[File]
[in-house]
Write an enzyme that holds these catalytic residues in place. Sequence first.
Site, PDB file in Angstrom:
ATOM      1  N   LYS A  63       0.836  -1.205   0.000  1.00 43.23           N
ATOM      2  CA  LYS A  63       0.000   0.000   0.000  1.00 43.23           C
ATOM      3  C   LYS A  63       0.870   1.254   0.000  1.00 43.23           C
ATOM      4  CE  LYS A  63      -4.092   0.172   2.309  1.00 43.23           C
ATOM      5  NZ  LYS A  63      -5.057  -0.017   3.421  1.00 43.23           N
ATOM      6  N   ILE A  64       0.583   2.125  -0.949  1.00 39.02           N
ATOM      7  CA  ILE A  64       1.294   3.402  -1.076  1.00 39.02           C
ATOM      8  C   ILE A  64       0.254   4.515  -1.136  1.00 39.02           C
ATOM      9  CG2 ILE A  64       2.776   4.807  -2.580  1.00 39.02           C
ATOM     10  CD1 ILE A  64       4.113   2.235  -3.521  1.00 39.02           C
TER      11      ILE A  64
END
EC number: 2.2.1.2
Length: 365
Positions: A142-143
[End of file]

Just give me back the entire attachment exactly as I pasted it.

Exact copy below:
[in-house]
Write an enzyme that holds these catalytic residues in place. Sequence first.
Site, PDB file in Angstrom:
ATOM      1  N   LYS A  63       0.836  -1.205   0.000  1.00 43.23           N
ATOM      2  CA  LYS A  63       0.000   0.000   0.000  1.00 43.23           C
ATOM      3  C   LYS A  63       0.870   1.254   0.000  1.00 43.23           C
ATOM      4  CE  LYS A  63      -4.092   0.172   2.309  1.00 43.23           C
ATOM      5  NZ  LYS A  63      -5.057  -0.017   3.421  1.00 43.23           N
ATOM      6  N   ILE A  64       0.583   2.125  -0.949  1.00 39.02           N
ATOM      7  CA  ILE A  64       1.294   3.402  -1.076  1.00 39.02           C
ATOM      8  C   ILE A  64       0.254   4.515  -1.136  1.00 39.02           C
ATOM      9  CG2 ILE A  64       2.776   4.807  -2.580  1.00 39.02           C
ATOM     10  CD1 ILE A  64       4.113   2.235  -3.521  1.00 39.02           C
TER      11      ILE A  64
END
EC number: 2.2.1.2
Length: 365
Positions: A142-143